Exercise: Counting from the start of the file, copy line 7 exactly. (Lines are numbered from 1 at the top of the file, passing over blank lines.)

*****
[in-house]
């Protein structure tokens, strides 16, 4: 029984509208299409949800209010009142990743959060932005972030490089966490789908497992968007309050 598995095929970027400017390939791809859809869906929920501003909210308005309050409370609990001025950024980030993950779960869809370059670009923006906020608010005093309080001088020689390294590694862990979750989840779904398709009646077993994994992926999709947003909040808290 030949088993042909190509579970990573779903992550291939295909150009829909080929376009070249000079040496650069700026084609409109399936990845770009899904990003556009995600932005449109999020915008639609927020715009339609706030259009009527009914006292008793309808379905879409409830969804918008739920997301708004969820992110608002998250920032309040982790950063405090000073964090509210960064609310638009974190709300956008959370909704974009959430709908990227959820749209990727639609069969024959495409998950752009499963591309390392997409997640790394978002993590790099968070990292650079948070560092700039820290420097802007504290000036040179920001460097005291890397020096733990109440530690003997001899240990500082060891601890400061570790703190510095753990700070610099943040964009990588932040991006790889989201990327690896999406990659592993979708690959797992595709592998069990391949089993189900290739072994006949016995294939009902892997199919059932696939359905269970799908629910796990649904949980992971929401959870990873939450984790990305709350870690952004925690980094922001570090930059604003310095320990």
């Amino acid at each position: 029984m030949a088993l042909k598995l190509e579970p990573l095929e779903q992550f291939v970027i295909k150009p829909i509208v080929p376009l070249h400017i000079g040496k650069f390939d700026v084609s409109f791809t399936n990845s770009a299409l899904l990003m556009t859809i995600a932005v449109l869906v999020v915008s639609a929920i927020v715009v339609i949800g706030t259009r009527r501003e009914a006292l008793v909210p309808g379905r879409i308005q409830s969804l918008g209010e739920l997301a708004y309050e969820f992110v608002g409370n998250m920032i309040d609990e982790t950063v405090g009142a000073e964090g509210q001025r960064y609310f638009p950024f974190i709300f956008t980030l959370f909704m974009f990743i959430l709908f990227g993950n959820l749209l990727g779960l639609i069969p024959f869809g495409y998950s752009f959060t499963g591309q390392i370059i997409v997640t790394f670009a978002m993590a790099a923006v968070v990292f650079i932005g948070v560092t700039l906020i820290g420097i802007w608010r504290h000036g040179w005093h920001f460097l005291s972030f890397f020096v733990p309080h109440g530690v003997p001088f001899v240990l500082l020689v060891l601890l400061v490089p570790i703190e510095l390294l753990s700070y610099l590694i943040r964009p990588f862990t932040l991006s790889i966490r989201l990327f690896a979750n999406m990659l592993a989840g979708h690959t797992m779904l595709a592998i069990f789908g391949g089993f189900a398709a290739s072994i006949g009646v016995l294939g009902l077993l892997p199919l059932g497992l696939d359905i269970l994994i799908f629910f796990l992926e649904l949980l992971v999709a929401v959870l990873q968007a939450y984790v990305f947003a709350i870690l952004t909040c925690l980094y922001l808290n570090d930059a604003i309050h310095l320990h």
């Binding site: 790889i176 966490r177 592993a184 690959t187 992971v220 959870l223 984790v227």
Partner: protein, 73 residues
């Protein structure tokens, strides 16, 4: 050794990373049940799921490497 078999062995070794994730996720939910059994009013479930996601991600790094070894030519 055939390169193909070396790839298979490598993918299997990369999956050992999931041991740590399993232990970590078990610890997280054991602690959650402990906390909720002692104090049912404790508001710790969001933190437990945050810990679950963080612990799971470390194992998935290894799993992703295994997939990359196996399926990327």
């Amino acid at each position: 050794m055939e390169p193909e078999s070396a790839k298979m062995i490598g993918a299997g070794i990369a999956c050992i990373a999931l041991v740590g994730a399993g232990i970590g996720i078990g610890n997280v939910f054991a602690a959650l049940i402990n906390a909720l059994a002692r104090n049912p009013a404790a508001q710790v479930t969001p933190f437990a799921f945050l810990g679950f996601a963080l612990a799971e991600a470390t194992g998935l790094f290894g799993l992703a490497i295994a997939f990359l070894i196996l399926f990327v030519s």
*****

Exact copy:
């Amino acid at each position: 050794m055939e390169p193909e078999s070396a790839k298979m062995i490598g993918a299997g070794i990369a999956c050992i990373a999931l041991v740590g994730a399993g232990i970590g996720i078990g610890n997280v939910f054991a602690a959650l049940i402990n906390a909720l059994a002692r104090n049912p009013a404790a508001q710790v479930t969001p933190f437990a799921f945050l810990g679950f996601a963080l612990a799971e991600a470390t194992g998935l790094f290894g799993l992703a490497i295994a997939f990359l070894i196996l399926f990327v030519s």